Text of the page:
You can take a cloud check in the morning if it looks to be really overcast but most of the time the Gin Gin astronomers will give the heavens a go. That means giving you an experience that leaves you feeling awed by the universe and just a little worried about that day our world is going to die.
If you are a traveller and a bit dubious about booking ahead for the monthly dark night date (when the moon is not around to stuff things up with its light), take heart from the sad tale of Guillaume Le Gentil. You will never be as unlucky as he was when commissioned in 1760 by the French Academy of Sciences to go to Pondicherry in India to observe the transit of Venus across the Sun.
Poor Guillaume was delayed a year in Mauritius because France and Britain had declared war. In February 1761 he set off for India again, still sure he could make Pondicherry in time for the June 6 transit. A monsoon blew him off course for five weeks then the ship’s captain heard Pondicherry had been captured by the British. He sailed back to Mauritius with his frustrated passenger.
Disappointed Guillaume had to make inaccurate observations of the Venus transit from an imperfect position on a heaving deck. Rather than return to France, he decided to hang about in the Indian Ocean for eight years until the next transit. He did a heap of observations on the skies, seas and natural history then figured out the best place in the world to observe the transit would be the Philippines.
He sailed to Manila. The governor gave him a hard time. Word came that Pondicherry was back in French hands so Guillaume escaped and arrived in the Indian town a good year ahead of the transit. He diligently studied and prepared. The night before Venus did her thing on June 4 the skies were crystal clear but before dawn clouds crept over the skies.
They thickened up nicely to totally obscure the planet’s transit of the Sun the next morning. A couple of hours later the skies cleared again. Le Gentil got the shits, mentally and physically, made worse by news that Manila’s skies had been perfectly clear for Venus to slide across the Sun.
Still sick from despair and dysentery, Guillaume started to make his weary way home nine months later. He was so weak he had to recuperate again at Mauritius; he took months to get passage on another ship; it was damaged by a hurricane and had to turn back to Mauritius. The journey took a year until at last, after a stormy voyage, the star-crossed astronomer staggered back to Paris 11 years, six months and 13 days after leaving.
He had been presumed dead. His heirs were fighting over his estate. The academy had scrubbed his name from its board. Money entrusted to his agent was missing. So were eight crates of specimens. So was his wife: she had married someone else.
That story is just to make you feel better if you do strike a rare cloudy dark night, or if you need that cloud check option. Regardless, the Gin Gin experience of the observatory in the scrub and the Gravity Centre next door is memorable.
The Gravity Centre with the 45m Leaning Tower of Gin Gin is an interactive playroom full of thought-provoking, funny, bewildering and terrifying tales of our world and far, far beyond it. Driven home is the realisation that the more we know the more we realise how little we know. The Leaning Tower defies gravity and challenges lurking vestiges of vertigo. You fill up balloons and cart them up, hanging out in space (pictured) to drop them and watch them land at the same time, just as Galileo did at Pisa.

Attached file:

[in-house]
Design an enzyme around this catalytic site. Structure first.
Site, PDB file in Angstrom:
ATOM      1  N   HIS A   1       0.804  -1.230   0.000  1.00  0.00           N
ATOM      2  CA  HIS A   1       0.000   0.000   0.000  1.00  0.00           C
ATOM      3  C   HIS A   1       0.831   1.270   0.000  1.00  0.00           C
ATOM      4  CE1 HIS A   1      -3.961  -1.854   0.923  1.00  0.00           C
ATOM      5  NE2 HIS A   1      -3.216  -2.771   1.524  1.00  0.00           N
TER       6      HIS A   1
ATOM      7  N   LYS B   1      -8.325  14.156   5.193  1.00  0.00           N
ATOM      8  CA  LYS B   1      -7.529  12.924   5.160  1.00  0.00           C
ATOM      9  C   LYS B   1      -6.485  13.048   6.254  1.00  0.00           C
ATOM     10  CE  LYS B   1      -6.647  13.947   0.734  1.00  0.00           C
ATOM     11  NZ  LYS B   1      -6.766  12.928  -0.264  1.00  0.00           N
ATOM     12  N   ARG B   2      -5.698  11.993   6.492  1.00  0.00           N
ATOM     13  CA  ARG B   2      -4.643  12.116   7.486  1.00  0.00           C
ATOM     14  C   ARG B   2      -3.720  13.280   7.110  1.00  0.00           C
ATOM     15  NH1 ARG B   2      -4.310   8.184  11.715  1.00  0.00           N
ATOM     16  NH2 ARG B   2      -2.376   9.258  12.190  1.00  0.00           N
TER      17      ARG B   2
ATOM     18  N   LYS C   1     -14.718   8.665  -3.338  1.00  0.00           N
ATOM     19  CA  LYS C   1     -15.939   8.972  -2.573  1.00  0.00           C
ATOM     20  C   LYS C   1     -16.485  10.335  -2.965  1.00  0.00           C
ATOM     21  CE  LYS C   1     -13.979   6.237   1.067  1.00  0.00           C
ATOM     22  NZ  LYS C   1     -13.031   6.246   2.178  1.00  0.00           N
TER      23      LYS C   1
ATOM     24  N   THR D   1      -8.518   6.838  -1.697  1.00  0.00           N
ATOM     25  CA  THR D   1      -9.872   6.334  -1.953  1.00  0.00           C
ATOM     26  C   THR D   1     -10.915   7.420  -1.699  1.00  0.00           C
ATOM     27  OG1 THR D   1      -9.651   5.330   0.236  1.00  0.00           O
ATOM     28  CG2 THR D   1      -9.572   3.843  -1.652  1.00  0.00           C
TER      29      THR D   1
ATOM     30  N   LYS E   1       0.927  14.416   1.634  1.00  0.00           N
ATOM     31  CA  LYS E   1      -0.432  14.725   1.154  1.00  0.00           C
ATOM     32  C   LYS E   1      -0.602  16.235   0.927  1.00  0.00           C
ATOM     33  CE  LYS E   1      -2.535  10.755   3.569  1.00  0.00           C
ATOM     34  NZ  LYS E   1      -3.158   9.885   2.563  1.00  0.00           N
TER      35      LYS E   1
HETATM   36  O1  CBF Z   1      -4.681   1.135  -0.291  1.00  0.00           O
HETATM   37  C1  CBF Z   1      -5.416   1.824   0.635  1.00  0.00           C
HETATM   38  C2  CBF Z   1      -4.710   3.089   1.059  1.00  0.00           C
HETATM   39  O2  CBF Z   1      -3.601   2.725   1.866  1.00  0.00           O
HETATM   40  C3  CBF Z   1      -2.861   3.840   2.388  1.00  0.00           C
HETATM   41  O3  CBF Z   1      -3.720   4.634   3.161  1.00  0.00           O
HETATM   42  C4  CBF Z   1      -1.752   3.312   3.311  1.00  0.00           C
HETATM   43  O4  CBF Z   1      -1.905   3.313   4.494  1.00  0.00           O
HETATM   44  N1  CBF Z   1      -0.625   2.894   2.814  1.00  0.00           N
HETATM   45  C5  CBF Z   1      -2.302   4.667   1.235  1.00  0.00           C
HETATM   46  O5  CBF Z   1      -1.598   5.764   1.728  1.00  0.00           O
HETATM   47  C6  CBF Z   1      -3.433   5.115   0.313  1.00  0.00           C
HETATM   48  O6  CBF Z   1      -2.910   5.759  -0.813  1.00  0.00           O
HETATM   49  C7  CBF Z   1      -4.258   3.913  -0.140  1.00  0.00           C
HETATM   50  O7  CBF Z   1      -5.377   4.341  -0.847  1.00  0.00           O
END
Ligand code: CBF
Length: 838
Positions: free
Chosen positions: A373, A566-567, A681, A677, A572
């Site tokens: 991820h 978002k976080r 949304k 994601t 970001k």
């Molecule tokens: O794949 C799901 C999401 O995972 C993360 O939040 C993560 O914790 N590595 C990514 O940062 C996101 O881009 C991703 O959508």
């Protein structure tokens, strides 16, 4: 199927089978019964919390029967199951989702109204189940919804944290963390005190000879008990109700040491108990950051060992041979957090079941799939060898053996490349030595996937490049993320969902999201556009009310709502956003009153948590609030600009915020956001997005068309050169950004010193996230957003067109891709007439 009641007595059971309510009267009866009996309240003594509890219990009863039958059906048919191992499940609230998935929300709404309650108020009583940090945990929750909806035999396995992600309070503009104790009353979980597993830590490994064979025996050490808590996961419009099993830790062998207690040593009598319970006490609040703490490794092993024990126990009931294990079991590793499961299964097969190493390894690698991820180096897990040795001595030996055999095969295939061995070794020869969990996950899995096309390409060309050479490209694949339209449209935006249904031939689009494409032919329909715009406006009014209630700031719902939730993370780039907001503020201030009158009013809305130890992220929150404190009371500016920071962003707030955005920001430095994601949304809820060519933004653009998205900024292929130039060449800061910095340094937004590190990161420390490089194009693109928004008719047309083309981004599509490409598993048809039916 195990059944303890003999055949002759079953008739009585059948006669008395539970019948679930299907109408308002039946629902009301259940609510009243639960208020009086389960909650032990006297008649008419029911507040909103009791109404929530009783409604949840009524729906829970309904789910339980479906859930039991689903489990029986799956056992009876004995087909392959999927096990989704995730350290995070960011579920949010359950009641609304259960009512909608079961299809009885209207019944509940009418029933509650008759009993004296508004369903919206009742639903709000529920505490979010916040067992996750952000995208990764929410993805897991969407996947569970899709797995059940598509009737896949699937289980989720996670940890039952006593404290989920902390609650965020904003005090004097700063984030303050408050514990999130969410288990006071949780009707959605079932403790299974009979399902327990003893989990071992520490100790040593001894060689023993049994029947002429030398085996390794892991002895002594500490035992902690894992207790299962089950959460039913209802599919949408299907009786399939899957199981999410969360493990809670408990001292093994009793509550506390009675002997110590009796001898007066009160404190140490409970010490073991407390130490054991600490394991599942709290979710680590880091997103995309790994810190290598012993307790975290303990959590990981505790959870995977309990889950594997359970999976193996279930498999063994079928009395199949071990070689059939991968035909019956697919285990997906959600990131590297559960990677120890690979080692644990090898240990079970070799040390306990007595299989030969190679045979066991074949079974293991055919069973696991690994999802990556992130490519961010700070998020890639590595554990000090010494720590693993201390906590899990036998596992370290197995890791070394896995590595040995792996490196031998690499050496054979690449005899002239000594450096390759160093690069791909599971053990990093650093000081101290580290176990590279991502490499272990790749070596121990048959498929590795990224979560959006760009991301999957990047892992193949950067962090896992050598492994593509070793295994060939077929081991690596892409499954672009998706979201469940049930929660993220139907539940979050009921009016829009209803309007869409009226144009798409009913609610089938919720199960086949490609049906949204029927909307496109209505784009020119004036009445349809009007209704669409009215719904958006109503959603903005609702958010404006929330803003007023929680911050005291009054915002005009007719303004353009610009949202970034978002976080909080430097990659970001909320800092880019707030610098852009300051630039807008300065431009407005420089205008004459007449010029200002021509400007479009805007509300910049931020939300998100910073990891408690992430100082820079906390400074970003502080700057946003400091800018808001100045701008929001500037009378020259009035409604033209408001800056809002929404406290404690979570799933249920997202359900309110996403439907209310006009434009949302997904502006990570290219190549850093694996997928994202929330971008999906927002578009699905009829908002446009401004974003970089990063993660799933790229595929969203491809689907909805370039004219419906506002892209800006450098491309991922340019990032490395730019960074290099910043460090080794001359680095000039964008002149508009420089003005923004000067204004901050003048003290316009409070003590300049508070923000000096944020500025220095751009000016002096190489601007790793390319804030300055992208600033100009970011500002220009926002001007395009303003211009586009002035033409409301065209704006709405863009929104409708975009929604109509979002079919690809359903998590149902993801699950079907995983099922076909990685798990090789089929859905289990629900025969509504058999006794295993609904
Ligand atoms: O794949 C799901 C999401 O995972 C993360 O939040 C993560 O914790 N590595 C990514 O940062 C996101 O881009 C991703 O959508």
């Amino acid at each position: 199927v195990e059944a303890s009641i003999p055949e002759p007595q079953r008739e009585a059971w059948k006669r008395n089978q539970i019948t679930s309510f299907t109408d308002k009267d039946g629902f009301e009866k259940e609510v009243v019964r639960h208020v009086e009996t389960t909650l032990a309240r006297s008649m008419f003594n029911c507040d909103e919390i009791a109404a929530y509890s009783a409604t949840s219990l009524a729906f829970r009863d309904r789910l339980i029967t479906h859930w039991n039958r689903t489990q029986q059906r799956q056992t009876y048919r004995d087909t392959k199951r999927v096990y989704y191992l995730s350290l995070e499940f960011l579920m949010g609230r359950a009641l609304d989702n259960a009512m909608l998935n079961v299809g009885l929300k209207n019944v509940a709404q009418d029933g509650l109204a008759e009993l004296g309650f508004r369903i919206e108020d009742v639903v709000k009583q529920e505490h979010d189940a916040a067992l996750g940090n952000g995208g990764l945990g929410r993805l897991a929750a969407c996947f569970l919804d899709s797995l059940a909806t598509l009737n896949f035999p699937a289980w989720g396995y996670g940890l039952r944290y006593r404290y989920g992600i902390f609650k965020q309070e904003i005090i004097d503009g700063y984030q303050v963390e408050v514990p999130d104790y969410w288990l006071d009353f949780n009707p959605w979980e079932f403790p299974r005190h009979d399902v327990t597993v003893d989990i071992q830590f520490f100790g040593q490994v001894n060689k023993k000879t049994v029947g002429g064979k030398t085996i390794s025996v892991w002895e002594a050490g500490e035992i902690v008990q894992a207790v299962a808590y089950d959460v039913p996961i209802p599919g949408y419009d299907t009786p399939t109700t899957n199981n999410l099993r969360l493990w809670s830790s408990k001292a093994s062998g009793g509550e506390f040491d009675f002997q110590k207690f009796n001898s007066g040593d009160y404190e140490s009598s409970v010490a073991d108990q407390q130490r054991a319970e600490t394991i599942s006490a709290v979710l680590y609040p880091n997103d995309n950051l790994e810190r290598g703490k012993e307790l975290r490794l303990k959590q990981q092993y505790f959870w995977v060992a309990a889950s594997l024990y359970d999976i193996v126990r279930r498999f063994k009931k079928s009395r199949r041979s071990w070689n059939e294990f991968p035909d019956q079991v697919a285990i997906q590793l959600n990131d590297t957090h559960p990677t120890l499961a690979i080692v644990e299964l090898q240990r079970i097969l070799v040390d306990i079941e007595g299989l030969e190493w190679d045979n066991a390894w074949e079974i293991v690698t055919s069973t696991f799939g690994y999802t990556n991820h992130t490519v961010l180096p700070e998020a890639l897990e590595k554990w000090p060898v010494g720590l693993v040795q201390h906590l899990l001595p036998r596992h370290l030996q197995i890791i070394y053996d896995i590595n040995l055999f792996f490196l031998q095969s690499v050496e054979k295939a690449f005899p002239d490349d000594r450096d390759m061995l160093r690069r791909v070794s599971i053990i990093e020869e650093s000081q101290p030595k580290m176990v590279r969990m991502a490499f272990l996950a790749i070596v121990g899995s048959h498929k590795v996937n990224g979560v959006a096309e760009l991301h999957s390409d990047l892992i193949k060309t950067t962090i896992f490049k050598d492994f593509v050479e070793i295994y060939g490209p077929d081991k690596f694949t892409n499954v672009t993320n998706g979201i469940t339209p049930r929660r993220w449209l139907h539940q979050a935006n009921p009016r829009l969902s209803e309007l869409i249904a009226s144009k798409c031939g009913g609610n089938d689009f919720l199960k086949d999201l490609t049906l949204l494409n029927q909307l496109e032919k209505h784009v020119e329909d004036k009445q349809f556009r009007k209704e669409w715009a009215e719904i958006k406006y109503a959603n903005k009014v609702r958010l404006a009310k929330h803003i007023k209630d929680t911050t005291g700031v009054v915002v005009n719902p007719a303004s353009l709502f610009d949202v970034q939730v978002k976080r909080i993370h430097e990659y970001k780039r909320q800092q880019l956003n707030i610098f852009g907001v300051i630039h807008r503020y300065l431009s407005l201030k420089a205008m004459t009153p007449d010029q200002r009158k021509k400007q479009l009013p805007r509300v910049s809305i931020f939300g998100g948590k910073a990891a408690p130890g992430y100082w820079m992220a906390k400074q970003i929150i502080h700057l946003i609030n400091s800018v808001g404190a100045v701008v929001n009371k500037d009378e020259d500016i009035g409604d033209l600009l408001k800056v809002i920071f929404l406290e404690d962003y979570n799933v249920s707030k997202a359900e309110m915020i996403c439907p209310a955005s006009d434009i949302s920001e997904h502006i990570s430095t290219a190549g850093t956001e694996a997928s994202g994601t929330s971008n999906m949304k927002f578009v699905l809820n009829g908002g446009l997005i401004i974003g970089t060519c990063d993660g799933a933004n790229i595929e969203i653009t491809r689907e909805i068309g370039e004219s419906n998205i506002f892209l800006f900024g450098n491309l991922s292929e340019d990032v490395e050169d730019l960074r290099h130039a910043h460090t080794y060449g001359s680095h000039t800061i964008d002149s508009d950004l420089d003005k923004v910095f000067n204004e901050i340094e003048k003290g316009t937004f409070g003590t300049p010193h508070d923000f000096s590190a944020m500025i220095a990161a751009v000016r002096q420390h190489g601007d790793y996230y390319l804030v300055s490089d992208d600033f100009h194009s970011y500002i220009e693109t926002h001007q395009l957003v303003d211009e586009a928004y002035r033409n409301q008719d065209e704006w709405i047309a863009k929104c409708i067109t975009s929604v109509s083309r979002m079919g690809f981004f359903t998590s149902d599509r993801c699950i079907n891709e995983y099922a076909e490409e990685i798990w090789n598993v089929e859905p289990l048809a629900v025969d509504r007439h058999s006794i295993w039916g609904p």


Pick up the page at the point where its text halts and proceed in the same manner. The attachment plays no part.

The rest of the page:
We digested as much gravity information as we could over a picnic tea as we waited for the star gazing team to arrive at the observatory next door. Before we peered through the telescopes on our perfect starry night, feeling a little guilty about Guillaume, we learned stars we were looking at probably weren’t there because things happen (like they explode or collapse) in the 5000 light years or so it takes their image to reach Earth.
A lecture preceding the peering included disconcerting video footage. Beautiful Venus is ugly, seething with molten, poisonous rivers and toxic volcanoes. I now look more suspiciously at our evening star.
My favourite saucepan constellation is also seen now in a new light. The bottom of it is actually Orion’s belt and a scope was trained on one of the three bright stars, the Horsehead Nebula, a swirling pinkish cloud 1500 light years away.
Randy Orion is chasing the Seven Sisters across the skies, according to the ancient astrologers who decided on the images represented by the stars. One’s imagination must be extended a few light years to pick out what the constellations are supposed to depict.. Apparently they were proclaimed by bored mead-sodden shepherds lying on the backs at night:
“Hey Trogga, what do you reckon those stars look like?”
“Oh man, that’s gotta be a fish.”
We learned that space is all curves and waves. We are not sure what was here before the big bang but the universe is expanding faster and faster. Stars are disappearing and getting further apart, so enjoy their glitter while you can.
Not only will we have lots more black between the stars. We will also not be here because our Sun is going to start getting bigger, swallowing the close planets before exploding and collapsing. Earth has a pretty fragile existence anyway, so before that it could get a wee wobble up, get seriously hot or cold if the Sun fluctuates, or get hit by a comet now shooting towards us.
And if you think we are special, take a look at this. https://www.youtube.com/embed/XE0aAZE0kp4?feature=player_embedded
Gin Gin’s Gravity Centre and Observatory are well worth a day and a night. Guillaume would have loved the place. It really makes you appreciate every damned day and starry night.